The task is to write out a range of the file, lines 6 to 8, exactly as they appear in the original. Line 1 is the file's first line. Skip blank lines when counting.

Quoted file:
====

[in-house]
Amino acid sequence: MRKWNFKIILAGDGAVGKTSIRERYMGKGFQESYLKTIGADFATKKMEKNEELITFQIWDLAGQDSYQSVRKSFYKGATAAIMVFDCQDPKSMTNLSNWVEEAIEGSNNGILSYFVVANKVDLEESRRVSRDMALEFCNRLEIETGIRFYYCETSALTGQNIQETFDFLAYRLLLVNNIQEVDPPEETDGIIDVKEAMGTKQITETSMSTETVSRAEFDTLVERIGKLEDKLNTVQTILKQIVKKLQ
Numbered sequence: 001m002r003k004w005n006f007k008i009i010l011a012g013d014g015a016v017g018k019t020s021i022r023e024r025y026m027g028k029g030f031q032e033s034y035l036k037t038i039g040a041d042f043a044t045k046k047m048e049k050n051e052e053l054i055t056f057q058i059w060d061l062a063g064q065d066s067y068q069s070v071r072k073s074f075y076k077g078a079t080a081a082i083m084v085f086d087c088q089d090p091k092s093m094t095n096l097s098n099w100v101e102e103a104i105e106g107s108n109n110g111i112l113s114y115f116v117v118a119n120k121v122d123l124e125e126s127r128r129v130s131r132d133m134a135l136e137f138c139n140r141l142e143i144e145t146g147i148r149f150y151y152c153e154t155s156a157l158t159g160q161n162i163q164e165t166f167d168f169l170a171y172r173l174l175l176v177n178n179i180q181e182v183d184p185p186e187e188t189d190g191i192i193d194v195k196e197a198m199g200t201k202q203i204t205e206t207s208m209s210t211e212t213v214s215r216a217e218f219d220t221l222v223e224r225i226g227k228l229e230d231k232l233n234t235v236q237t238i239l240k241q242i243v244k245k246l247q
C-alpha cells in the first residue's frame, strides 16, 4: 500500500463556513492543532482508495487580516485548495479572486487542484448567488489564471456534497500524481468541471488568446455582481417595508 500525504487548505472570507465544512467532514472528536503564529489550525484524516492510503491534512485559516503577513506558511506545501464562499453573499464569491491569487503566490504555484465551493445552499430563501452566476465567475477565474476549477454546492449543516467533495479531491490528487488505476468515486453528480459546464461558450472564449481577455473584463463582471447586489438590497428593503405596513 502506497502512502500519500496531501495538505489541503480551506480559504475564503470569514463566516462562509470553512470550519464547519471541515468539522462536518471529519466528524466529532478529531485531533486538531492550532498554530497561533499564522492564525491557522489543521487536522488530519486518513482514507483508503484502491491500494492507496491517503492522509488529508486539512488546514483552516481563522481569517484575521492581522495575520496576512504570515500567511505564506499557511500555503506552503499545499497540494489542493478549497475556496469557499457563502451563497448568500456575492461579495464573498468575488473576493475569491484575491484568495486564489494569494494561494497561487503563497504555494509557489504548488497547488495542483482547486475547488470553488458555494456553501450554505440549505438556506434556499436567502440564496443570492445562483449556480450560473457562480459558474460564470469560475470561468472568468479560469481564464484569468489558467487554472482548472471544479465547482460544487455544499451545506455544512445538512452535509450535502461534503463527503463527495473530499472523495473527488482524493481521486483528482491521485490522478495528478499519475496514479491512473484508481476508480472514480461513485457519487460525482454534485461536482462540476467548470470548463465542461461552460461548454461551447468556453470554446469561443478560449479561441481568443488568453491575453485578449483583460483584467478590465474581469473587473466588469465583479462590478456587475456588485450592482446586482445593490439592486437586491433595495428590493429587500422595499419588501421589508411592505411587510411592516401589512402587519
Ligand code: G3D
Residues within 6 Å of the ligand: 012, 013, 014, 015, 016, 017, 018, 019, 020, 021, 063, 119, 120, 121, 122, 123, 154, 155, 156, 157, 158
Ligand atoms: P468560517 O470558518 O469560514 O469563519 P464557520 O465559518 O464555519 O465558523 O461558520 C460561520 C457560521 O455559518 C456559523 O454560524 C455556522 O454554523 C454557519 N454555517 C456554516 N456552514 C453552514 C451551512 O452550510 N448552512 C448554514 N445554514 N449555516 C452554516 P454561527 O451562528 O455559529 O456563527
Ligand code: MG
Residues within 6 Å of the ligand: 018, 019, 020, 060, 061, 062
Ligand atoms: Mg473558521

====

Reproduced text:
Residues within 6 Å of the ligand: 012, 013, 014, 015, 016, 017, 018, 019, 020, 021, 063, 119, 120, 121, 122, 123, 154, 155, 156, 157, 158
Ligand atoms: P468560517 O470558518 O469560514 O469563519 P464557520 O465559518 O464555519 O465558523 O461558520 C460561520 C457560521 O455559518 C456559523 O454560524 C455556522 O454554523 C454557519 N454555517 C456554516 N456552514 C453552514 C451551512 O452550510 N448552512 C448554514 N445554514 N449555516 C452554516 P454561527 O451562528 O455559529 O456563527
Ligand code: MG